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Roberti Calls for Review of Rape Exams

September 22, 1987|ROXANE ARNOLD | Times Staff Writer

Saying he was "deeply disturbed" by reports that more than a dozen privately owned hospitals in Los Angeles County have stopped examining rape victims, state Senate President Pro Tem David A. Roberti said Monday that he will call for hearings to determine why the health care facilities have been allowed to drop the service.

"Nothing can explain away the trauma to a rape victim who is assaulted a second time by this health-care insensitivity," the Los Angeles Democrat said. "The current treatment of rape victims in Los Angeles is intolerable."

Roberti said he will ask the Senate Judiciary Committee today to convene in Los Angeles within the next 60 days to assess what some health care officials believe is an emergency situation.

A Times survey last week of more than 40 local hospitals showed that about one-third of privately owned facilities in the county have stopped seeing sexual abuse victims since July 1 when the state instituted a new series of stringent, time-consuming procedures covering the exams.

The lack of facilities is so acute in some areas that police have reported delays of as long as eight hours before a rape victim is examined and treated.

Some hospitals that have begun turning away the rape victims say the procedures are too time-consuming and complicated. The new requirements call for more extensive record-keeping by emergency room doctors and nurses and more precise methods of gathering evidence.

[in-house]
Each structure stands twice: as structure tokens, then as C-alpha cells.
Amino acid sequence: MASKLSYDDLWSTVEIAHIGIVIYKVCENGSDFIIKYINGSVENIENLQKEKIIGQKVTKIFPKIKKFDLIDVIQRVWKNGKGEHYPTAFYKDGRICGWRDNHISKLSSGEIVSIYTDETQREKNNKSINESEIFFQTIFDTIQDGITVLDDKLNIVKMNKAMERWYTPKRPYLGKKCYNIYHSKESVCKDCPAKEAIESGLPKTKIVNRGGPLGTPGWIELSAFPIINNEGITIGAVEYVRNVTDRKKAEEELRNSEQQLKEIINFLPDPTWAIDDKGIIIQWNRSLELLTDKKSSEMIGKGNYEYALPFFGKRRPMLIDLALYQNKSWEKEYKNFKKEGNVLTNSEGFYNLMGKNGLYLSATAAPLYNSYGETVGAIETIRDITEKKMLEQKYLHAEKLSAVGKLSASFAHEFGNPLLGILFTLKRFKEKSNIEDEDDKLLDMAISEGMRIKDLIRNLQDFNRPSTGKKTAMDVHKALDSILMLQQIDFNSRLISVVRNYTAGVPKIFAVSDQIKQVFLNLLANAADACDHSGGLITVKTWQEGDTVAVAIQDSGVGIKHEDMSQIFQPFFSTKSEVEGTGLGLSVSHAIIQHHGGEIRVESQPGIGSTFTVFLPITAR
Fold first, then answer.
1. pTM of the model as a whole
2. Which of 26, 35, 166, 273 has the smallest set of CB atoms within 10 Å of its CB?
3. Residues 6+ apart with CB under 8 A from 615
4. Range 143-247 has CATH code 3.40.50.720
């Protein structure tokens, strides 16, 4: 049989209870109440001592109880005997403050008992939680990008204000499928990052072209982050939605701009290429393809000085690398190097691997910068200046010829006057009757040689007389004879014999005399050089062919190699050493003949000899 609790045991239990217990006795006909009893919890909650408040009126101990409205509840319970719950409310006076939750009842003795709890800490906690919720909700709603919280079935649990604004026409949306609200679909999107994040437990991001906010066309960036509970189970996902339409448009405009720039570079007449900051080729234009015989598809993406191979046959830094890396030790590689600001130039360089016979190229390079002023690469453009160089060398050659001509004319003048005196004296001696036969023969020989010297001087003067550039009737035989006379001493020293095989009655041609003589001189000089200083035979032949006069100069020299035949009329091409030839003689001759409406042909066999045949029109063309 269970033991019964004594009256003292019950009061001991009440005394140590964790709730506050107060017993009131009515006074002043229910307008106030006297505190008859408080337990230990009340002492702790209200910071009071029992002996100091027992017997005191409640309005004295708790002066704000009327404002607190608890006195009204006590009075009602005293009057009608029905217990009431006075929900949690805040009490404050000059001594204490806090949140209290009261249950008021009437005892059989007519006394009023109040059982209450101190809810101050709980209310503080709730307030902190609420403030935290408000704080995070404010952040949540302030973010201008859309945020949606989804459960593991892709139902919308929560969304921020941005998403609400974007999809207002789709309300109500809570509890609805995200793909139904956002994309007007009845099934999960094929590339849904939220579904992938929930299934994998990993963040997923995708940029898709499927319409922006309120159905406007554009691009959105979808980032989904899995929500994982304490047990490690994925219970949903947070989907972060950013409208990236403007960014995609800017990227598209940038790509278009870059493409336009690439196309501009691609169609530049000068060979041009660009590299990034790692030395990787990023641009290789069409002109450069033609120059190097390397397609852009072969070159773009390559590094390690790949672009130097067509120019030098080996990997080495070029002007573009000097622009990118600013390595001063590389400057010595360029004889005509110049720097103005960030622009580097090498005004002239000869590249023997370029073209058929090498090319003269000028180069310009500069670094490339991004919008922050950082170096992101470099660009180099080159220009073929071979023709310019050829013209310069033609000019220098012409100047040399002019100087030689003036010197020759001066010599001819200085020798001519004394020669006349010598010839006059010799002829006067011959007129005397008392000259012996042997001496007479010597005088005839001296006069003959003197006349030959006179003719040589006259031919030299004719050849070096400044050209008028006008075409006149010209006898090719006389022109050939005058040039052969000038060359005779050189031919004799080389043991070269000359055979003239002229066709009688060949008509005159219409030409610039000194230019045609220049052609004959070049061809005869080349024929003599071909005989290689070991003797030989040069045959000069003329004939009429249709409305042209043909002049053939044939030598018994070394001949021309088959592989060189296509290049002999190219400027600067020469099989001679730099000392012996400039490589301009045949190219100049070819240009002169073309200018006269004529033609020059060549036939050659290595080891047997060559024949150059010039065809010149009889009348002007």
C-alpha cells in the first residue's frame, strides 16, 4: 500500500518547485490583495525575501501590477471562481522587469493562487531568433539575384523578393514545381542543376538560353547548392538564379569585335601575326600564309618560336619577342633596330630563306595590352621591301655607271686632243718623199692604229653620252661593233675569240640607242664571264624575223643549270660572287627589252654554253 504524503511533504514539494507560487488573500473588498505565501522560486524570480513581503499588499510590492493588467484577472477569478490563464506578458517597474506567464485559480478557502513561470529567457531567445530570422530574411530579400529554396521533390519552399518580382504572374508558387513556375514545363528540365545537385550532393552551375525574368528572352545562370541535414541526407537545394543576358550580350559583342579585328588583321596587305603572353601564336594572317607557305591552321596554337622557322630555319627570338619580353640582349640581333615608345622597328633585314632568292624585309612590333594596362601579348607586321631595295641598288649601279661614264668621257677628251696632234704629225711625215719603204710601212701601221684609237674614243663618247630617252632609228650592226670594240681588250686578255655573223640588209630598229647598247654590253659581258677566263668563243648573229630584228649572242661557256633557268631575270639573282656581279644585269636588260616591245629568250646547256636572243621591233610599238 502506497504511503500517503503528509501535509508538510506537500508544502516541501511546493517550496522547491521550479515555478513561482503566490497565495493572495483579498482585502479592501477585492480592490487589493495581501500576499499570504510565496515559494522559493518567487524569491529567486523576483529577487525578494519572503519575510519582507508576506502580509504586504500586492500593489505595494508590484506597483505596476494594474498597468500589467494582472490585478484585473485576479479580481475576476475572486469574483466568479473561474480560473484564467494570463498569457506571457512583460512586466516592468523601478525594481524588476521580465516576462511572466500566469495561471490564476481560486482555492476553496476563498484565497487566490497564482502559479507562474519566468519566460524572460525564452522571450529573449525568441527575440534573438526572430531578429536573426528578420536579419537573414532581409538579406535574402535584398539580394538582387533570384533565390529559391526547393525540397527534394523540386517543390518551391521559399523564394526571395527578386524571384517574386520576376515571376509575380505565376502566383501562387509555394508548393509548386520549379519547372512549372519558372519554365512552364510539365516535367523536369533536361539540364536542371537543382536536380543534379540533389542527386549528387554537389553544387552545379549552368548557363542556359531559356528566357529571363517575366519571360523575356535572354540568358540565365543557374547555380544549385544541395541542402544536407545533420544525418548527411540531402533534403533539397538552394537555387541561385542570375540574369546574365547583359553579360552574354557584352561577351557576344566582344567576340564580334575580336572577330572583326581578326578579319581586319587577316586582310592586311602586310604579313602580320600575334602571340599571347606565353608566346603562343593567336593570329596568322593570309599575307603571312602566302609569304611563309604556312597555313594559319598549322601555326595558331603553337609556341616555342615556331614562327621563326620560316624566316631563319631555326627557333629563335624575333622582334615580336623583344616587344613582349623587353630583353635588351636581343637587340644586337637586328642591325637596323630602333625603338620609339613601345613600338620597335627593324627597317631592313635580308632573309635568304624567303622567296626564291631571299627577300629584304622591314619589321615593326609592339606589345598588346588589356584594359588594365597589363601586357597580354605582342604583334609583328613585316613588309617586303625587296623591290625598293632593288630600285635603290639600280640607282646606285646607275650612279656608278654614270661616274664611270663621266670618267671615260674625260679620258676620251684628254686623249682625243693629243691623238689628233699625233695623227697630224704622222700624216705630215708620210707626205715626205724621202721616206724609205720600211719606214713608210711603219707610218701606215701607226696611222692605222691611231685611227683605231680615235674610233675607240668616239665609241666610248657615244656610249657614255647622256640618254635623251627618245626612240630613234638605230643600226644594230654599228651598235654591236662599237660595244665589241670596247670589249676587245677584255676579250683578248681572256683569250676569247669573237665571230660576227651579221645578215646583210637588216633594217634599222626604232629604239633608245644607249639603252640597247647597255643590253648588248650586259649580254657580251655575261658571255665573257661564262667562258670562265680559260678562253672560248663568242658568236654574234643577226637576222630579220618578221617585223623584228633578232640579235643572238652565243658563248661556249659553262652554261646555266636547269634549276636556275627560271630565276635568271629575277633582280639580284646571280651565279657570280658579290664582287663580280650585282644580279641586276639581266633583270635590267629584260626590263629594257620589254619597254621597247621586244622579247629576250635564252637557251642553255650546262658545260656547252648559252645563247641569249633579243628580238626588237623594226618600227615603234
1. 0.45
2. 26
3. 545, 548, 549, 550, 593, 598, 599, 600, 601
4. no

But officials from other hospitals say the new regulations are not the real problem. The exams, they say, are simply too costly.

Under California law, local law enforcement jurisdictions are required to pay for the examinations, but few pay enough to cover the cost. The exams can run as high as $450. But Inglewood, for example, pays $50 and Los Angeles pays less than $20.

Along with calling for hearings, Roberti said he will also ask local mayors and city council presidents throughout Los Angeles County to reconsider the effect of the reimbursement rates, which he said may be artificially low.

A review also will be done of the drafting of the new regulation, which gives hospitals that believe they are unable to meet the new requirements the option of dropping the exams.

Under the new rules, which were instituted by California's Office of Criminal Justice Planning, Los Angeles County is required to have only eight hospitals that will perform the exams.

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